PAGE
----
Although anti-angiogenic agents offer great therapeutic potential, preclinical and clinical studies suggest that these agents, used as monotherapies, have a delayed onset of activity and may have only limited effects on advanced malignancies. Multimodality targeted polymer therapeutics that include anti-angiogenic agents and chemotherapeutics offer the potential for improved efficacy and diminished toxicity in the treatment of cancer and other angiogenesis-dependent diseases. We have recently designed and characterized novel combined anti-angiogenic and antitumor polymerdrug conjugates that target both the tumor and its microenvironment. These conjugates include combined anti-angiogenic and chemotherapeutic drugs, such as TNP-470 and paclitaxel, respectively. Several conjugates also incorporate bisphosphonates as targeting moieties for bone metastases and osteosarcomas or RGD peptidomimetics that target integrins overexpressed on tumor endothelial cells and several tumor cells. Using molecular imaging techniques, we have successfully established dormant and fast-growing tumor mouse models to intravitally non-invasively follow-up tumor progression and response to novel polymer therapeutics. Our results point at our polymer therapeutics as novel bi-specific conjugates targeting both the tumor epithelial and endothelial compartments, warranting their use on a wide spectrum of primary as well as metastatic tumors. The use of these novel architectures will potentially shed light on the molecular mechanisms underlying tumor dormancy and hopefully transform cancer into a chronically-manageable disease.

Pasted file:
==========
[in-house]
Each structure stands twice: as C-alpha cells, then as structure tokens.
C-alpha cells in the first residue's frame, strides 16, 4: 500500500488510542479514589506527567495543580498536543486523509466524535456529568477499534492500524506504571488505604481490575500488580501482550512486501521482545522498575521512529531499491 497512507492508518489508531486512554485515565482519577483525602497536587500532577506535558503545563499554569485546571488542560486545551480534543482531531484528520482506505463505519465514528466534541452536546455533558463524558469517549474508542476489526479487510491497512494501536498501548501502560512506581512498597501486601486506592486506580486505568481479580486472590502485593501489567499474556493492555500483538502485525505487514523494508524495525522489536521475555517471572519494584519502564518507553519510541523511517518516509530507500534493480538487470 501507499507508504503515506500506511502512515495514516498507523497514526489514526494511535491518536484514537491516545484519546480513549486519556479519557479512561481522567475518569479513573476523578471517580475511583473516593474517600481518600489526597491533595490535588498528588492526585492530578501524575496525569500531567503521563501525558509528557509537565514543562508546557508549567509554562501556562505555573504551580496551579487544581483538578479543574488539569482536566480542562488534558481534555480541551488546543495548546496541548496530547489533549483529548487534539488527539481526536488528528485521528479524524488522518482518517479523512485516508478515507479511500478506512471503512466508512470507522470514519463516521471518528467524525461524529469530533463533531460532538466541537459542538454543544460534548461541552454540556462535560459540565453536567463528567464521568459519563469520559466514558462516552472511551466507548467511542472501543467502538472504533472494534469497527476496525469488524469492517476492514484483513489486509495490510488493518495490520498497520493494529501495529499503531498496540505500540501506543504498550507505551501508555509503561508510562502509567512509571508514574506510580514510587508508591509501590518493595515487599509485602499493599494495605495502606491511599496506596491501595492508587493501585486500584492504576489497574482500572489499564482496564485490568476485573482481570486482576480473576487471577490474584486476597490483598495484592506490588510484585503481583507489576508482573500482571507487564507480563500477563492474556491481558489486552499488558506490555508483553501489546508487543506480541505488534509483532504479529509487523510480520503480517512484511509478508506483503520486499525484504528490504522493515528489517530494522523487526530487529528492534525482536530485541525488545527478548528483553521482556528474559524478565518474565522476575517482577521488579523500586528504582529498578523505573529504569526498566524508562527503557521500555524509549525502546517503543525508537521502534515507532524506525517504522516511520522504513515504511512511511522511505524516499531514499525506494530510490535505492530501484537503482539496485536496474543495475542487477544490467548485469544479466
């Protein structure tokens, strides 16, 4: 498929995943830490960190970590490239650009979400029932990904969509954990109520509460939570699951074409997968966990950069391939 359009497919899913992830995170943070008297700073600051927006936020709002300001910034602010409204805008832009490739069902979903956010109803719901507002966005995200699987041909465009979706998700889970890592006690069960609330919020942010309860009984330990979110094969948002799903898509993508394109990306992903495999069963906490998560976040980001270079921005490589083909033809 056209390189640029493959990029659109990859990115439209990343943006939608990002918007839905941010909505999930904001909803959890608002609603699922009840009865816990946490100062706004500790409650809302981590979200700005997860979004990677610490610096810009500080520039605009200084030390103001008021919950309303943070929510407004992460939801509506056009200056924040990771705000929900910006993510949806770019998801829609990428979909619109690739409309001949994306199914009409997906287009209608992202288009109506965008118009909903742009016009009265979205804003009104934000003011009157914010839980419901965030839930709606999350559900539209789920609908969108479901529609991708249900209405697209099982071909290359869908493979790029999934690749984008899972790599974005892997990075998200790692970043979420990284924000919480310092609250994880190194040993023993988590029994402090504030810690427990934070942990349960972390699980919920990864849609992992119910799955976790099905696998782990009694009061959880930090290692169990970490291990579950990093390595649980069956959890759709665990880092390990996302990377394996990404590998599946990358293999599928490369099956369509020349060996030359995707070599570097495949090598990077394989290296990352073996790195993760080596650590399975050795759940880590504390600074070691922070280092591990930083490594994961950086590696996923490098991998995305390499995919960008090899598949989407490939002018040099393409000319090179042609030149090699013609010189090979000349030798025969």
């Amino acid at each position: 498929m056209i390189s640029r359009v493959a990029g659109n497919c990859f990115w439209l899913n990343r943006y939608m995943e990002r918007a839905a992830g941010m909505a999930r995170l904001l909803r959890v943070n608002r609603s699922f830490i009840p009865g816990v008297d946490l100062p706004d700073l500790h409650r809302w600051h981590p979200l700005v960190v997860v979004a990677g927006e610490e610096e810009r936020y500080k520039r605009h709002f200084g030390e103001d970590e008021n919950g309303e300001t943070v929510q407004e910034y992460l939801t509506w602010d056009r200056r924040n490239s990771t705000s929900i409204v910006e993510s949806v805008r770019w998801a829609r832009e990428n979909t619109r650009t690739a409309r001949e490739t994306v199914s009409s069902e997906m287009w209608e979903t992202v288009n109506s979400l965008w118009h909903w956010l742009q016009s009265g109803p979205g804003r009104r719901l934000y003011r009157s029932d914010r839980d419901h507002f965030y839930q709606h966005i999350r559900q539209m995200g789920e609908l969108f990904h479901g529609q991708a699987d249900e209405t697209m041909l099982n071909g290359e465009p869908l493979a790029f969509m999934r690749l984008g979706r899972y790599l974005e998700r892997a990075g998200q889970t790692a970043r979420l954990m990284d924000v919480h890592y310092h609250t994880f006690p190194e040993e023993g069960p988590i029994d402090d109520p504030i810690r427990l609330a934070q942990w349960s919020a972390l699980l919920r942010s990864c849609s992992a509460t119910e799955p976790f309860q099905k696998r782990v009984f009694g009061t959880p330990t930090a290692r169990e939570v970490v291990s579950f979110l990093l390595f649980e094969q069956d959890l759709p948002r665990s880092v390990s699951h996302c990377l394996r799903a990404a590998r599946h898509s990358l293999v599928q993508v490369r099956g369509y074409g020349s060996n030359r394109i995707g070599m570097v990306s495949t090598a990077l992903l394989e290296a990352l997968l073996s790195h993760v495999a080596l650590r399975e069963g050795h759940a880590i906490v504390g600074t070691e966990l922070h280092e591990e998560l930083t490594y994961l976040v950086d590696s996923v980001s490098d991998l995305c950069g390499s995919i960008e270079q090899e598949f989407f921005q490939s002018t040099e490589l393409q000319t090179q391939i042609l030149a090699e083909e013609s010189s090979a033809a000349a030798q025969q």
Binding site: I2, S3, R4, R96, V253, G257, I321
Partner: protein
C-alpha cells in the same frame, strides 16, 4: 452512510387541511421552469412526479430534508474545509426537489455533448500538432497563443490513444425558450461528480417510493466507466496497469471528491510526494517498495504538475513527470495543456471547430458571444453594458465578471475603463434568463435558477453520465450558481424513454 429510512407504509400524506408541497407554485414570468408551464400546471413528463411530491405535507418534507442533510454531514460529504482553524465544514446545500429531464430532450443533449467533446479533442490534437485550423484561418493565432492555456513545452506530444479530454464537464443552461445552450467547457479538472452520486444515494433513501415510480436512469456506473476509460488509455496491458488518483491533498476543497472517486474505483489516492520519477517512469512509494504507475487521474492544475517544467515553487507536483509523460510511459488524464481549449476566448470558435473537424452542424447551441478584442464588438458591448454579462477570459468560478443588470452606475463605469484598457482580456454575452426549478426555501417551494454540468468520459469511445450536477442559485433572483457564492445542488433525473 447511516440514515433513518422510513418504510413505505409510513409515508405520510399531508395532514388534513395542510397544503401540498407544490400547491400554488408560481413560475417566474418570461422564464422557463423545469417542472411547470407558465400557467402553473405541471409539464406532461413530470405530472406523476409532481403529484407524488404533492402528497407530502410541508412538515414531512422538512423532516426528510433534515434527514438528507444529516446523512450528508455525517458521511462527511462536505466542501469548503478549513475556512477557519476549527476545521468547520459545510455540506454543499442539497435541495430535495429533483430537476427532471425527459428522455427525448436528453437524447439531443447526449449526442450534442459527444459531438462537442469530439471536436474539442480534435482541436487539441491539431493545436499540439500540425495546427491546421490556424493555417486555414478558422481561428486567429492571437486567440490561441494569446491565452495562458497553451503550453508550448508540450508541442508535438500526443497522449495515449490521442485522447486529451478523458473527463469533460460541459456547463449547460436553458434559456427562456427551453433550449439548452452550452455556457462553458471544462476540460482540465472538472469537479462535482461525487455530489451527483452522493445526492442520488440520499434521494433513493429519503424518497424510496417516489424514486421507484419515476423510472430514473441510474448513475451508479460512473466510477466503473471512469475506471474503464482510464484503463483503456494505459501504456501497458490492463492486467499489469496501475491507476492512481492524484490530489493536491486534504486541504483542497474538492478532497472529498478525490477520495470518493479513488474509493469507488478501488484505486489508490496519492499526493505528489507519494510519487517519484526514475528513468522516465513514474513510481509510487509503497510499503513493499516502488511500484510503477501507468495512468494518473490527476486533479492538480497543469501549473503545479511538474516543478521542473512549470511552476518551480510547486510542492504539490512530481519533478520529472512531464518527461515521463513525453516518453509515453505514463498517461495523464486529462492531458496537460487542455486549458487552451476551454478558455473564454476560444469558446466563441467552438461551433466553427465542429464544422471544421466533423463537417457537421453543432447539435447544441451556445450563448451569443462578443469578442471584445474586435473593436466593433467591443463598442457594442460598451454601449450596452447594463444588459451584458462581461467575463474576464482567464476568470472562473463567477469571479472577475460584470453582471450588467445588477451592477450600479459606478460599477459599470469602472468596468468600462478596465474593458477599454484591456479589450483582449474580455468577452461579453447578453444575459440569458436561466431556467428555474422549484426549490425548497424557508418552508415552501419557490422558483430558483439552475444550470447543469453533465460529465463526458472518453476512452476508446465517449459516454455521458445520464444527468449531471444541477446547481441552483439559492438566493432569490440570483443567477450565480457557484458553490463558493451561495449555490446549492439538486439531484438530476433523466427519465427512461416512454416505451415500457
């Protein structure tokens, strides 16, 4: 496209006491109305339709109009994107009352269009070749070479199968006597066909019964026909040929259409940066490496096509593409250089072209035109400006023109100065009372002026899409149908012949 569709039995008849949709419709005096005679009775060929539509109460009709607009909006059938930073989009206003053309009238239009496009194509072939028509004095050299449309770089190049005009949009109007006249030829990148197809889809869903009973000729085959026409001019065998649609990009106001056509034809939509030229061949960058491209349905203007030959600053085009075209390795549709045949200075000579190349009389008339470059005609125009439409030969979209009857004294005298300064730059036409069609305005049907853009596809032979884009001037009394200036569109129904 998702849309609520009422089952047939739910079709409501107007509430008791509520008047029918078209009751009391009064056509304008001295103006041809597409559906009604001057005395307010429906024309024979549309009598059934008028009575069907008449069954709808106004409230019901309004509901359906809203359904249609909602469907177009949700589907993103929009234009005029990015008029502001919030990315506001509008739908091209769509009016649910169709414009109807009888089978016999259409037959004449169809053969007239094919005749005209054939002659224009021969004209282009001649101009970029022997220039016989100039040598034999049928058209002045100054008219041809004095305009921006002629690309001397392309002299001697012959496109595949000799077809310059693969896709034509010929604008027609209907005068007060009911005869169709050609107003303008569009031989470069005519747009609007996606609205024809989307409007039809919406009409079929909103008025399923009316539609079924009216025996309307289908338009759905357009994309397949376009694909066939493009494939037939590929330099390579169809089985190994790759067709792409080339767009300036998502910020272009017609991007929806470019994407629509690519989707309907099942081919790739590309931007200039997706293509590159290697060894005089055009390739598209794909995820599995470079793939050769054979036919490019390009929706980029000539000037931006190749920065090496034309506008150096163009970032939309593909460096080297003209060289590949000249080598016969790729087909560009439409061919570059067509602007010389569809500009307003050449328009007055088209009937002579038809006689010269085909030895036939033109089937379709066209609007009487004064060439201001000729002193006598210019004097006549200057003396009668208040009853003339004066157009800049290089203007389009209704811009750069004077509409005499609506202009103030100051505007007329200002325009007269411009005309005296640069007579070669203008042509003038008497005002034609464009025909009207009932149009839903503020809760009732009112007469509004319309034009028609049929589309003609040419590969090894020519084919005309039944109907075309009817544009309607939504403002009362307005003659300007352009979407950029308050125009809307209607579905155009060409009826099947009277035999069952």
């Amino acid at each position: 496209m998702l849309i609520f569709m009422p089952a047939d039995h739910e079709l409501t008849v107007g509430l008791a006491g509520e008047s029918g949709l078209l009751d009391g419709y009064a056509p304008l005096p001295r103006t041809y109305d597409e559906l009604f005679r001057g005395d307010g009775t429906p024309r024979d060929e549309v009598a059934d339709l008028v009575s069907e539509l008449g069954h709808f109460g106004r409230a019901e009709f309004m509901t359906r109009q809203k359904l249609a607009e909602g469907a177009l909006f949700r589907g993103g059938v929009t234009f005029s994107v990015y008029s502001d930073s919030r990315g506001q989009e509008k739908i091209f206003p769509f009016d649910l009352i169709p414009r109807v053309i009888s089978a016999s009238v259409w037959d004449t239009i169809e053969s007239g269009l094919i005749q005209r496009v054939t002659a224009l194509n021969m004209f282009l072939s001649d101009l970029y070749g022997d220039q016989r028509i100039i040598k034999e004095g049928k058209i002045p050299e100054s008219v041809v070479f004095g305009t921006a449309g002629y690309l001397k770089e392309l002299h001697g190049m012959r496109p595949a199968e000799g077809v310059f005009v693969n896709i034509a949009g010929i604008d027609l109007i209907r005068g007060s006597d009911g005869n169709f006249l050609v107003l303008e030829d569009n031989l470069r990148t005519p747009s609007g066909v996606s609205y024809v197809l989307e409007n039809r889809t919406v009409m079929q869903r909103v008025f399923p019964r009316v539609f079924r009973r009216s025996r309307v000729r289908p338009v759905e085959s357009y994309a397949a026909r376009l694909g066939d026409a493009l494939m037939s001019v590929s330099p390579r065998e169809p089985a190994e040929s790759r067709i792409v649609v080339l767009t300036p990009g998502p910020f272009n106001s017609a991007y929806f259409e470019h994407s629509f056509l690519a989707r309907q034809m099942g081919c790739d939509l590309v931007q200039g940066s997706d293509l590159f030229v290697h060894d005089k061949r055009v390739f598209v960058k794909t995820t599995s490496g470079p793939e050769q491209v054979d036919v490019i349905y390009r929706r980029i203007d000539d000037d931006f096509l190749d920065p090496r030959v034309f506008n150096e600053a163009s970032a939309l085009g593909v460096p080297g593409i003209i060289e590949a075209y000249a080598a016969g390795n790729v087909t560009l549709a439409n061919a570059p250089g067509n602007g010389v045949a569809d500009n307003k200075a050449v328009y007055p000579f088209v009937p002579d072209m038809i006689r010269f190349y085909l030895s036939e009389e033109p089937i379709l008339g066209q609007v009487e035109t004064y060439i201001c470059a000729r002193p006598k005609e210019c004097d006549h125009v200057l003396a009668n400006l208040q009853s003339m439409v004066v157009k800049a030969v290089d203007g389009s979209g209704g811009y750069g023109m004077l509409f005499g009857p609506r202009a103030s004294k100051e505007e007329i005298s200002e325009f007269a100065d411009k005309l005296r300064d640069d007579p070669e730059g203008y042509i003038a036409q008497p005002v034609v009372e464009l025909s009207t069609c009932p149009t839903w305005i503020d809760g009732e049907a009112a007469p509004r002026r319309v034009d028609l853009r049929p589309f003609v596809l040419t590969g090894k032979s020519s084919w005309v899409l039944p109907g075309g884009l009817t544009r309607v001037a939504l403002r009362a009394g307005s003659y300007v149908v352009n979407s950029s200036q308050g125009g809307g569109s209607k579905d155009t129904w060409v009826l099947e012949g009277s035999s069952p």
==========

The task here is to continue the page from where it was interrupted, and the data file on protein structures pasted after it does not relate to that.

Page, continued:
- Polymer therapeutics
- Targeted drug delivery